Apr 07

From the article:

“Since then, I have competed in some of the toughest and most extreme ultra-marathons in the world, including Badwater, a 135-mile race in Death Valley in 130-degree heat. I am now in the best shape of my life at 45 years old.”


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Ultra Recovery: From Depressed Addict to Pro Ultrarunner on a Plant-Based Diet:

In 2005, I was 34 years old, over 320 pounds, had ridiculously high blood pressure, high cholesterol, prediabetes, and two herniated discs in my spine. I was eating fast food three or four times a day, popping pain pills (Vicodin, Percocet, codeine) like Tic-Tacs, and washing it all down with a bottle of whiskey each day in a futile attempt to escape reality.

Despite my efforts to hide it from others, the reality was I was on the fast track to an early death. The saddest part was that I was actually hoping to die. Despite abusing my body for more than a decade, I was somehow surviving—just barely, but alive nonetheless. I was still breathing despite all my medical problems, depression, and hopeless chemical and food addictions.

One morning in 2005, I woke up. I woke up physically from passing out drunk and sleeping for 12 hours, but I also woke up in a much more profound and meaningful way. Until that day, I was a zombie walking through life. But on this morning, as my physical body rose from the bed, a tiny flame woke up inside me—my desire to live and start being a good father to my kids. I slowly and steadily went about the task of putting my broken life and broken body back together.

I dumped the booze down the drain, discontinued my midnight trips to McDonald’s, and started going to the gym. For a couple years, I learned to jog and fumbled my way through dieting. I ate a mostly vegetarian diet with lean meats and some cheese and run-walked my way to a slow marathon finish. I had lost a great deal of weight, but still felt afraid that if I stopped running, stopped dieting, or let my guard down for a second, I would gain it all back. Everything changed at the two-year mark, when I became curious about a vegan diet through some friends. On a whim, I started a 30-day vegan challenge. About two days into the challenge, I watched Forks Over Knives. I haven’t been the same since.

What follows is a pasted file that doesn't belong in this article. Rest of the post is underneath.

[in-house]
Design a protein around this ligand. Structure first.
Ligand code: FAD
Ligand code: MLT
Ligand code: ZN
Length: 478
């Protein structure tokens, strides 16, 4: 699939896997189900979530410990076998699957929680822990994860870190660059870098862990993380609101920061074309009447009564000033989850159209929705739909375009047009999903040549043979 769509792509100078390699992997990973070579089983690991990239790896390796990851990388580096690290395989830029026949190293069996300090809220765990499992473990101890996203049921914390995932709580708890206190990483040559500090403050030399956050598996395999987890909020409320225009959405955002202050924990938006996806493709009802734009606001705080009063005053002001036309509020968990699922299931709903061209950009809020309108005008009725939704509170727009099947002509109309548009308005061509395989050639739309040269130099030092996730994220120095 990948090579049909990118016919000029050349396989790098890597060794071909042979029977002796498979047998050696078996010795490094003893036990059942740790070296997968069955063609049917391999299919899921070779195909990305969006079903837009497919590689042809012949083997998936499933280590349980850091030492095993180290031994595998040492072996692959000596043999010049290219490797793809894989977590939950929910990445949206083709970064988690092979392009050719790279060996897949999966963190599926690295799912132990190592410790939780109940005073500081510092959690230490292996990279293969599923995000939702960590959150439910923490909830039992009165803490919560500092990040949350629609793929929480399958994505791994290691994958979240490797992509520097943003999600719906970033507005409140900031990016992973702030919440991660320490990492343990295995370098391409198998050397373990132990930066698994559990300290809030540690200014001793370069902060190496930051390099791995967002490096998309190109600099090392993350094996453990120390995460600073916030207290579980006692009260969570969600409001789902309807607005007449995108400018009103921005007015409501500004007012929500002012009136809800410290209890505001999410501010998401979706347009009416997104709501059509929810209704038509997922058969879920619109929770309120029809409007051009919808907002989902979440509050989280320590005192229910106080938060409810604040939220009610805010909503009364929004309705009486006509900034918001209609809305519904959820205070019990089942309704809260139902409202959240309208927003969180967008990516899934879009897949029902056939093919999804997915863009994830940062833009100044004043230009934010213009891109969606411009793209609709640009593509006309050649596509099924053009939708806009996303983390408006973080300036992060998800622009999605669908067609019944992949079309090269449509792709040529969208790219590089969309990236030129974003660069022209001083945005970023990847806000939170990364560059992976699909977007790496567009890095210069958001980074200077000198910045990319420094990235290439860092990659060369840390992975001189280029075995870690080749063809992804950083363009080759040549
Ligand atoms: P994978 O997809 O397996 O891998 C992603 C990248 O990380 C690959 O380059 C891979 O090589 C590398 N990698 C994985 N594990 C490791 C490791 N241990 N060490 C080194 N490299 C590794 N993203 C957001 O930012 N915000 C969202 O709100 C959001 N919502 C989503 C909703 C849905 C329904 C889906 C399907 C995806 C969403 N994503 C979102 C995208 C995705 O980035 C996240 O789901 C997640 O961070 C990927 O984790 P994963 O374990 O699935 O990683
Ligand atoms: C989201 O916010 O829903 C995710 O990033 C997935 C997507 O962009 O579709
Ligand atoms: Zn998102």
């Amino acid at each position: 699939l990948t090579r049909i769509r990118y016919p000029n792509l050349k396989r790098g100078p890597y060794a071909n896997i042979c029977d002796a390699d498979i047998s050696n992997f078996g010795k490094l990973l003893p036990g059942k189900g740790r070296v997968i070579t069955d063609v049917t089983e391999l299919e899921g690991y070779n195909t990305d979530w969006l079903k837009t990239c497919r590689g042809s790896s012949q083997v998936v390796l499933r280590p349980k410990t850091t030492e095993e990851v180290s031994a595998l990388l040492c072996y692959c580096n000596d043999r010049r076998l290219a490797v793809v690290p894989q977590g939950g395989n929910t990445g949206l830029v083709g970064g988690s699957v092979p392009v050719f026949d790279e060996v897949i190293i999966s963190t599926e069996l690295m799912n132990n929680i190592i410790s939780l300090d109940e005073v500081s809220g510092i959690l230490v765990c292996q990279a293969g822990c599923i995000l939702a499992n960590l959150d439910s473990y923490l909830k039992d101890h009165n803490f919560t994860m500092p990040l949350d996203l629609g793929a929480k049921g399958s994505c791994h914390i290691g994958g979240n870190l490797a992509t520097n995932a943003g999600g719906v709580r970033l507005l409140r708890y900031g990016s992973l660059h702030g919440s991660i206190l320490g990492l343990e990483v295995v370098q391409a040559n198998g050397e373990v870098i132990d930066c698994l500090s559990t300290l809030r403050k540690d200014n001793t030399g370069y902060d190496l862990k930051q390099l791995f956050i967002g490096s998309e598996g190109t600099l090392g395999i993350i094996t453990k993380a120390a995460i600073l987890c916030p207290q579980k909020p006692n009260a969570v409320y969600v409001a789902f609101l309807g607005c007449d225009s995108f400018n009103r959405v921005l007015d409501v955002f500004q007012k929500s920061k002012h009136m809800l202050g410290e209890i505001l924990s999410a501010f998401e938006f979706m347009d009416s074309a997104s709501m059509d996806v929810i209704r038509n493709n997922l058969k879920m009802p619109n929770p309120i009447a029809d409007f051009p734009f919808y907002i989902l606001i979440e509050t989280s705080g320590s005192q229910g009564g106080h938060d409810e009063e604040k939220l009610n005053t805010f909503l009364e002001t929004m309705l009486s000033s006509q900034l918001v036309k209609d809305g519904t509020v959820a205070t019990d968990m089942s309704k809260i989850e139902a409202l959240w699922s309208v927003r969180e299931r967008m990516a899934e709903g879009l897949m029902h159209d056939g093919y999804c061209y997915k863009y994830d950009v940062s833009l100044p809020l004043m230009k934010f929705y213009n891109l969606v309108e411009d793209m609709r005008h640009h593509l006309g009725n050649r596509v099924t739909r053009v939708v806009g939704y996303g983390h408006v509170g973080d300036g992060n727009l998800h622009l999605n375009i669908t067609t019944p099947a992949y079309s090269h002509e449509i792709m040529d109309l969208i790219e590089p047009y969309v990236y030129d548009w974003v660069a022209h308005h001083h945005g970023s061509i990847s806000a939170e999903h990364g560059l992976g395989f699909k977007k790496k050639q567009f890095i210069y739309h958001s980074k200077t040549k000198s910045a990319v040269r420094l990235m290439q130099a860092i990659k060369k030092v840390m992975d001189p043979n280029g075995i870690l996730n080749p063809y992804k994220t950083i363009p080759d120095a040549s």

After switching to an entirely plant-based diet, I lost the additional weight I couldn’t seem to get rid of before. I eventually stabilized at 160lbs—half of my former weight! Along with my weight problems, my high blood pressure, high cholesterol, and heart problems went away for good. Even more spectacular was how I felt—lighter, stronger, faster, and able to run and train harder than I ever had in my life. I was recovering so fast from my hard workouts that my running friends were shaking their heads in disbelief. The year that I made the plant-based switch, I ran a 100 mile ultra-marathon, placed in the top 10 at two other ultra marathons, and went on to set an American record.

Since then, I have competed in some of the toughest and most extreme ultra-marathons in the world, including Badwater, a 135-mile race in Death Valley in 130-degree heat. I am now in the best shape of my life at 45 years old.

I’ve just passed my six year anniversary of being vegan. What started as a health and fitness-based journey has evolved into a peaceful way of life. I find comfort in knowing that nothing must die for me to thrive. Letting go of my old habits and beliefs surrounding food and nutrition was not just an act of taking things out of my life and away from my dinner table. Eating and living this way has added depth to my life and helped me to achieve what I previously would have scoffed at or written off as impossible.

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